To be fair, there are other notable bright spots where the public sector and tech innovation have converged beautifully, sans nonprofit intermediary. Community health agencies in Washington D.C. are now geocoding their patients’ health histories, employing strategic innovation management to establish targeted health awareness campaigns. Ohio has embraced the open data movement by creating a platform for local governments to post all their revenue and expenditures online and in public view of residents. Even DMVs, which were admittedly bullied a bit at the beginning of this article, seem cognizant of and determined to fix their technical shortcomings. But these digitized strategic innovation management projects in the public sphere are held up as being exceptional, when they should really be par for the course.
Increasing the tech literacy of government employees and digitizing the services they provide are two of three essential pillars needed to narrow the public and private sector innovation gap. But the aforementioned strategic innovation management ventures we’ve seen in government are successful not by virtue of merely being creative and digital, but by virtue of applying digital tech to address real public needs. And who better to articulate those needs, and their possible solutions, than the public itself? The third pillar should be relatively easy to adopt, as it’s ingrained in every member of the workforce from minute one of our first jobs.
Citizen Participation Requires Government Attentiveness
Any outfit, be it business, government or nonprofit, can get wired given the proper funds and employees. But as Richard Branson has noted, “Your education really begins on the day that you open the doors to customers.” And while we are likely a long way off from an era of electronic direct democracy in its true sense, government can take a major step toward better representing its citizens’ interests by the mere act of listening to them. A government that ignores the public’s voice, suggestions and ideas is as unlikely to succeed as a business that fails to survey its clients.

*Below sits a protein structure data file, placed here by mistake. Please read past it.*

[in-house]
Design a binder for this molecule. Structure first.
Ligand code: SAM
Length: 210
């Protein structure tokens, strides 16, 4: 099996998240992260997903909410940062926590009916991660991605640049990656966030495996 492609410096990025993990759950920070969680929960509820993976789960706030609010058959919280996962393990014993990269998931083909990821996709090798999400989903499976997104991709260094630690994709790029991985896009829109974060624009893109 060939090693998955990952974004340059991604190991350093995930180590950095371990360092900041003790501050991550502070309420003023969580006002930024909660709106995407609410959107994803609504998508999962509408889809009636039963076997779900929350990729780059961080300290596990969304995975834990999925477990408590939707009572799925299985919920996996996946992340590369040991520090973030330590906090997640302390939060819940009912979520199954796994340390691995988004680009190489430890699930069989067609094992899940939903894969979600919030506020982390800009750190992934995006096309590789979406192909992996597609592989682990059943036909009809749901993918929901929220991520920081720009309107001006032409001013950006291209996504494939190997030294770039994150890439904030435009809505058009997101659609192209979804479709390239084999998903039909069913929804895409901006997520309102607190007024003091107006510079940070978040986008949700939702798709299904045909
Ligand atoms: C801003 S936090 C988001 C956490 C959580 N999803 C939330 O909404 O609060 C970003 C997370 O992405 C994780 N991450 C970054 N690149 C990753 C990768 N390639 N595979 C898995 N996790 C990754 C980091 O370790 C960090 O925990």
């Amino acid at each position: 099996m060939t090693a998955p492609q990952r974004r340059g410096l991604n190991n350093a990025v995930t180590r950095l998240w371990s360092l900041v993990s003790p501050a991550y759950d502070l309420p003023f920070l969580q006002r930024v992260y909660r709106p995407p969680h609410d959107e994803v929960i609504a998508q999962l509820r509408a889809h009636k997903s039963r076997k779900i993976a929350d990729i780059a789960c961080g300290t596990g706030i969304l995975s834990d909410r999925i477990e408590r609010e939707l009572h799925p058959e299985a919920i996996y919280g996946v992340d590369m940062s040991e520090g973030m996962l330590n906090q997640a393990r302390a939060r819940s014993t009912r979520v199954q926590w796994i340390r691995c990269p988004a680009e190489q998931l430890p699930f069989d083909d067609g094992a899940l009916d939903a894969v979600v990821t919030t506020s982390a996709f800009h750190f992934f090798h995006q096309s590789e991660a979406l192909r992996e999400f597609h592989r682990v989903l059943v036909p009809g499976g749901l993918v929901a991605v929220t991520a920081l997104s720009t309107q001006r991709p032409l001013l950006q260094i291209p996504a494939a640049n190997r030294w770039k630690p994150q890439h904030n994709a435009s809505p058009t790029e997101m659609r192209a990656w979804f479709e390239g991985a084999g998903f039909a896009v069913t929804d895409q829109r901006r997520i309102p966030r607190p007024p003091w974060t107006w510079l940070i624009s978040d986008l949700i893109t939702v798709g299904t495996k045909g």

There is hope, though, for the future. Gartner Research believes that all local government organisations will generate revenue from value-added open data through data marketplaces by 2020. Bettina Tratz-Ryan, Research VP at Gartner, believes that the key will be “automating and extending the user experience to allow citizens and businesses to discover and prepare data, and to find patterns and share them within their community or organisation.”
In another Gartner report, from August 2016, Tratz-Ryan and fellow author Rick Howard outlined their vision of a process towards open citizen participation and engagement, starting at the local government level and eventually reaching a final stage, where “these marketplaces will freely exchange data up and down the tiers of government and across jurisdictional boundaries and industries”.
As the public sector takes on the necessary tasks of digital transformation and strategic innovation management, it should do so with the guiding force of collective intelligence platforms, like those offered by Qmarkets. These technologies can serve as a digital means to enhance citizen participation in government projects, and generate ideas which government bodies can then filter, develop and actualize for public benefit.